2M split may be on the horizon as tonnage-rich MSC prepares to go it alone
Since August 2020, MSC’s brokers have completed the acquisition of nearly 250 second-hand containerships to ...
Major container shipping players have pledged to have commercially viable zero-emission vessels operating on deepsea trades by 2030
The promise was made on Monday during the UN Climate Action Summit, with a Getting to Zero Coalition (GZC), which counts Maersk, Shell and Zim among its 70-strong membership, set to lead the push.
Maersk chief executive Soren Skou said energy efficiency programmes had helped the shipping line cut CO2 emissions by 41% over the past decade, but added that such measures only prevented the situation worsening.
“To take the next big step towards decarbonisation, a shift in propulsion technology or to clean fuels is required, which implies close collaboration from all parties,” he said.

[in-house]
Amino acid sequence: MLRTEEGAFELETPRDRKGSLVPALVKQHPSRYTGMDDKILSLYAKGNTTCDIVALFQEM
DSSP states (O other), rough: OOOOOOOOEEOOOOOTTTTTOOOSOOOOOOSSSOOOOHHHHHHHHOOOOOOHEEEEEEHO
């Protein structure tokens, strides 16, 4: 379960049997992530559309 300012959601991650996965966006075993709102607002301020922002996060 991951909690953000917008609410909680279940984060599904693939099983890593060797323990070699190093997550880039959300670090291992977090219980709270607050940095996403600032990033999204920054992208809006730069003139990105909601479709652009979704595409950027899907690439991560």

“And this coalition is a crucial vehicle to make this happen.”
The coalition’s strategy is closely linked to the IMO goal of reducing greenhouse gas emissions (GHGs) by at least 50% of 2008 levels by 2050.
On the back of ever-increasing economic growth, some have suggested that, without action, global greenhouse gas emissions could skyrocket by 250% by 2050.
GZC said: “Ships can be operated for 20 years or more, which means vessels entering the world fleet around 2030 can be expected to be operational in 2050.
“Similarly, infrastructure associated with fuel supply chains can have an economic life of up to 50 years, and reconfiguration to new fuels can be a lengthy process.
“As a consequence, there is a need to have technically feasible, commercially viable and safe zero-emission deepsea vessels entering the global fleet by 2030.”
Responsible for transporting 80% of global trade, international shipping accounts for 2-3% of annual greenhouse gas emissions. However, the Intergovernmental Panel on Climate Change has said cutting emissions to zero by 2050 would only provide a 50% chance of stopping temperatures rising beyond 1.5 degreesC
This means IMO targets fall well short of the steps required to prevent irreversible effects, and last week The Loadstar reported the sector may not even be on course for these targets.